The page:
Plus given that ccp would probably put a targeting delay in they wouldn’t be much use. We’d have to call that one the sitting duck gambit.

  3. Unknown characters in local pose a threat but I’d prefer a solution that still allows me to run sites in hostile space and go afk/cloak when RL interrupts or hunters show up to camp the (dead-end) system I am in so I can’t log off without being scanned down or leave system without having to run a gatecamp.

    Not every cloaky is a hunter backed up by a cyno, some are prey or tourist. I think any change to cloaking wil go hand in hand with a change to local.

    Give me constellation/region chat with recent speakers instead of local system chat/list.
    Give me an improved dscan (auto refresh without buttton mashing, this is not some mario melee smash) that will show me player name instead of just the ship name so that I can still see who is nearby.
    This way you won’t see someone the second they enter system. The won’t show up until they are in Dscan range (and uncloaked? perhaps cloaking can hide either player name or ship type/name but not the fact someone is out there)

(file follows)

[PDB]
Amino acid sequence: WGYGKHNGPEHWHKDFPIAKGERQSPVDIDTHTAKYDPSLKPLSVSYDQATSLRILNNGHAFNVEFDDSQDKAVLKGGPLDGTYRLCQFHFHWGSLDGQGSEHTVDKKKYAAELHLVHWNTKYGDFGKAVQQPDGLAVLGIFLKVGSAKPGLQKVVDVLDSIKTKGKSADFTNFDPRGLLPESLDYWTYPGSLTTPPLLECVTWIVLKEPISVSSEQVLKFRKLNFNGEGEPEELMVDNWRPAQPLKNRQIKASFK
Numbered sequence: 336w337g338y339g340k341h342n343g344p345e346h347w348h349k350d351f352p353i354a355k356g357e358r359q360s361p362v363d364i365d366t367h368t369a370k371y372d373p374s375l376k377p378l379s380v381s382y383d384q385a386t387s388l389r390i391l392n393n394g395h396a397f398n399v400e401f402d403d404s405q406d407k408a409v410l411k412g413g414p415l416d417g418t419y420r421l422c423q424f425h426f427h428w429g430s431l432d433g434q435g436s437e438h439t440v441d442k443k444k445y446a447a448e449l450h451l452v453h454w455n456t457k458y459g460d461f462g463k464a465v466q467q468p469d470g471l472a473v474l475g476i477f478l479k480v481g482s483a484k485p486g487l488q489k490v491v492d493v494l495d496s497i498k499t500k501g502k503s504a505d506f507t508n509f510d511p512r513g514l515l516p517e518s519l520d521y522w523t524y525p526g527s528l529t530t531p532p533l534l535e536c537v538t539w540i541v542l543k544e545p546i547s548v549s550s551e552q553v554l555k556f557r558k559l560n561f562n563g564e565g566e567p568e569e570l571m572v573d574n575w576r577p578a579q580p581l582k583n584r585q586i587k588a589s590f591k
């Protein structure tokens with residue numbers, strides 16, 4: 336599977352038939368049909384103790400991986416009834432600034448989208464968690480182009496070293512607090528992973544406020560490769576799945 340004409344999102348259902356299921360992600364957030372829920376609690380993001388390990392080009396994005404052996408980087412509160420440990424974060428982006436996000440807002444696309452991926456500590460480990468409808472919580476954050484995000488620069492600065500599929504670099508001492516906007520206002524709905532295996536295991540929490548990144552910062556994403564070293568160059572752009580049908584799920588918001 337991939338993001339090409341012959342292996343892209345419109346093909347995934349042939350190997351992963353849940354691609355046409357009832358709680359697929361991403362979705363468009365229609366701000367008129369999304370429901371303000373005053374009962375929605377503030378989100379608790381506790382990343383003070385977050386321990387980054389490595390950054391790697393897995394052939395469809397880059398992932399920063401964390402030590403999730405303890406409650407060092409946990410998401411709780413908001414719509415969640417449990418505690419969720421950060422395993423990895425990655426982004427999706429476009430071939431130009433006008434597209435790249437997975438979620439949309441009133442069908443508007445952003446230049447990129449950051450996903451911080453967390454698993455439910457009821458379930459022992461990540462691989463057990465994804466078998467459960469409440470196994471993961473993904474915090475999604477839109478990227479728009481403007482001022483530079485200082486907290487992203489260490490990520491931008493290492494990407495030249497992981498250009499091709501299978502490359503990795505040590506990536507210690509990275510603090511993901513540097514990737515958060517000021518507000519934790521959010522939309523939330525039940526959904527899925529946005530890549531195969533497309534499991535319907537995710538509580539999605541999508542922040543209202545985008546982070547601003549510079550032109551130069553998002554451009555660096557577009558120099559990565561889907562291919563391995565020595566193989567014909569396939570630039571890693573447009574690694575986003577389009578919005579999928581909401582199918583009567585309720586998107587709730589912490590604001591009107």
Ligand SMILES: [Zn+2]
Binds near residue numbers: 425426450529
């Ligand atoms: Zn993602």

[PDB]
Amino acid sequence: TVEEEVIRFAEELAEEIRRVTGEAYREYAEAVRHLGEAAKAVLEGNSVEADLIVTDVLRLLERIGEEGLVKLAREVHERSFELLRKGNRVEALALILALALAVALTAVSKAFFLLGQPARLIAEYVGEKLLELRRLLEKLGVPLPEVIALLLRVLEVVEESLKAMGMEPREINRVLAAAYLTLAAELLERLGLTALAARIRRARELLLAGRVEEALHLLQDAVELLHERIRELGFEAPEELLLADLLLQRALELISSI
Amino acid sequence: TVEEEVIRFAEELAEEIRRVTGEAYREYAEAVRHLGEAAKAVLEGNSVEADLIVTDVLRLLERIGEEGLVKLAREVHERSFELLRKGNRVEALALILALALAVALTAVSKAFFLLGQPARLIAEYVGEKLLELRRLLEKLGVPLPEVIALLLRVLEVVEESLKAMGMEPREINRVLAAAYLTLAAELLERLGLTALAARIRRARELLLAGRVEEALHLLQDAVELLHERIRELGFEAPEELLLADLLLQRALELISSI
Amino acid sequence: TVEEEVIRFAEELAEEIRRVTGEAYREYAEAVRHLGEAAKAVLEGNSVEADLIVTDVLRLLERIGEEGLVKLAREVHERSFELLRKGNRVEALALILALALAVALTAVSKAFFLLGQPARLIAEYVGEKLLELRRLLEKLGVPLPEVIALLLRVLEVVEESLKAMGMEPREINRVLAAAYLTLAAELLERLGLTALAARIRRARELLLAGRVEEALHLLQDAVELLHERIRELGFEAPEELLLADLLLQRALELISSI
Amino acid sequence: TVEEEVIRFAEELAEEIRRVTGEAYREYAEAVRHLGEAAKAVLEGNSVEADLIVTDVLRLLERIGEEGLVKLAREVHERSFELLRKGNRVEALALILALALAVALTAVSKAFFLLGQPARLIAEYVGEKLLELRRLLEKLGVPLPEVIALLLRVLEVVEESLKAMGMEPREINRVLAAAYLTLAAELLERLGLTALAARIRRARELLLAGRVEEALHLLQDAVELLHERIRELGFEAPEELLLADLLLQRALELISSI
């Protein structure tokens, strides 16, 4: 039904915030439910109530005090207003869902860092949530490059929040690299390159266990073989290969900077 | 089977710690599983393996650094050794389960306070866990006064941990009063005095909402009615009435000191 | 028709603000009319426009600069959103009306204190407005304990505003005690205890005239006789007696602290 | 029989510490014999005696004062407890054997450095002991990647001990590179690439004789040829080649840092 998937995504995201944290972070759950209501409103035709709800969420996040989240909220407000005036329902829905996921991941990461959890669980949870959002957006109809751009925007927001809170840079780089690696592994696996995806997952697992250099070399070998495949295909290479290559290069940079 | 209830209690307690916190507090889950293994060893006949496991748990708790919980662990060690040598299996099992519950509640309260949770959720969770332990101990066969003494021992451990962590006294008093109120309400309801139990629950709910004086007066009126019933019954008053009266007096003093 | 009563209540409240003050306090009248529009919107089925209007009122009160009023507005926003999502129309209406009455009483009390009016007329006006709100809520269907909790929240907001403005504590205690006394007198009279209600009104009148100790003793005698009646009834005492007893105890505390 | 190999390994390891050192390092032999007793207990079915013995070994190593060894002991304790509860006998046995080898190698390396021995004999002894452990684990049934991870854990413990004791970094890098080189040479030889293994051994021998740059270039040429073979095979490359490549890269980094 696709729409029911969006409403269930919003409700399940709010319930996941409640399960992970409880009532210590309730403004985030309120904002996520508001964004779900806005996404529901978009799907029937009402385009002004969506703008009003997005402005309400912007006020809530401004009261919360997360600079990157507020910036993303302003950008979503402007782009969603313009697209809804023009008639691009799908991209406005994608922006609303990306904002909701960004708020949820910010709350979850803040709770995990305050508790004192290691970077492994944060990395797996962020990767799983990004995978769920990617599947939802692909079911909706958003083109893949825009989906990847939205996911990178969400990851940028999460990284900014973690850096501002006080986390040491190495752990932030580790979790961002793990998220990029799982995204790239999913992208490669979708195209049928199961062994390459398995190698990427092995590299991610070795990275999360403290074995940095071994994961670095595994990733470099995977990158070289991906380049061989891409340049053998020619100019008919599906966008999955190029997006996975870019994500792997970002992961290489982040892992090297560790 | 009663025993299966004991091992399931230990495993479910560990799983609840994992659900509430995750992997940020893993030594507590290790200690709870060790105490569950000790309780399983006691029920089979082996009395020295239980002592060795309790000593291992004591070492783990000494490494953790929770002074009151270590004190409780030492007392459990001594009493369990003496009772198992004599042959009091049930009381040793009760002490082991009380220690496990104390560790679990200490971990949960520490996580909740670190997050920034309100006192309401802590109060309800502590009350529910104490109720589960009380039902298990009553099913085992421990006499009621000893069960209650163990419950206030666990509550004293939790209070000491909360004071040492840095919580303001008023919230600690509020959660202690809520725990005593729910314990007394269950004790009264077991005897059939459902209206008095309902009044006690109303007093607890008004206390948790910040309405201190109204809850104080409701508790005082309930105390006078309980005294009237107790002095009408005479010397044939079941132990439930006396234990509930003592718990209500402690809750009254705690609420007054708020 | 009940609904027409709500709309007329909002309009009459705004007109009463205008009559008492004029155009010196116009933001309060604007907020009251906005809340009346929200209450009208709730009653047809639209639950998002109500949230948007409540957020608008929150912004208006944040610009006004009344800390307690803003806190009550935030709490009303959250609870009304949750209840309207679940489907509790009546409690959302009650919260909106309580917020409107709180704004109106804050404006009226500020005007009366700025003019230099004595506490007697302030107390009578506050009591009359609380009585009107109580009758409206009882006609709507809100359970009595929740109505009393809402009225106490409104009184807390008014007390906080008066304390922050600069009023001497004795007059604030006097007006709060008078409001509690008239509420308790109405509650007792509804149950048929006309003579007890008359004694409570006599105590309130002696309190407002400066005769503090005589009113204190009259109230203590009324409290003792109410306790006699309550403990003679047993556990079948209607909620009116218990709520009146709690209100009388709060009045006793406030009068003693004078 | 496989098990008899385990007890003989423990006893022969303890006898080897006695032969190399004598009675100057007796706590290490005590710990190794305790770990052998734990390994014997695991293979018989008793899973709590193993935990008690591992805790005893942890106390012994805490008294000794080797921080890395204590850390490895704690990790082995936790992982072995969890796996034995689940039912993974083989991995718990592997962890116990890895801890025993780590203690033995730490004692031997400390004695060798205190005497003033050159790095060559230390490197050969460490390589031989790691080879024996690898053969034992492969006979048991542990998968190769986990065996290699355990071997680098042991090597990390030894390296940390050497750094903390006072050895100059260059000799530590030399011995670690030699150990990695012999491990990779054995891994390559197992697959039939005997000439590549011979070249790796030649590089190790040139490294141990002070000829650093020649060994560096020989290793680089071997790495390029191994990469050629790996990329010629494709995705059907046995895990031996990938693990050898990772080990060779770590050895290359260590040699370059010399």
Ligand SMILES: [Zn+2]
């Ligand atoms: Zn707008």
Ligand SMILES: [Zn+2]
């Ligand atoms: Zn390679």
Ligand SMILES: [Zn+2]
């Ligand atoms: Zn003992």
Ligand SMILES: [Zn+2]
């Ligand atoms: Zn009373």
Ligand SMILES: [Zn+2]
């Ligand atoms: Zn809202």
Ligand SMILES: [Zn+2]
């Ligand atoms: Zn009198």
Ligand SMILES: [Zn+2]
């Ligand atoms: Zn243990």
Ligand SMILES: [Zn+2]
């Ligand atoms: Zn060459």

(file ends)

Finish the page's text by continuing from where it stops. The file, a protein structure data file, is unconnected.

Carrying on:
• Jon Illat says:

      This is one of the issues that I have with any changes to cloaking. I sometimes go out to nullsec to do some exploration, and many times have been trapped in a system by a group that want to kill my ship. Waiting for 30 seconds uncloaked to get a safe log-off is not viable a lot of the time, as they have people with probes out, and so the only option is to stay cloaked and take a break for as long as it takes for them to lose interest. Also, RL does exist as you pointed out, and having to log-off for 5 minutes while I take a bio-break/make lunch/whatever would just be a pain, and potentially unviable if you had been shot at by gate rats within the last 5 minutes (15 minutes if you survived another person aggressing you).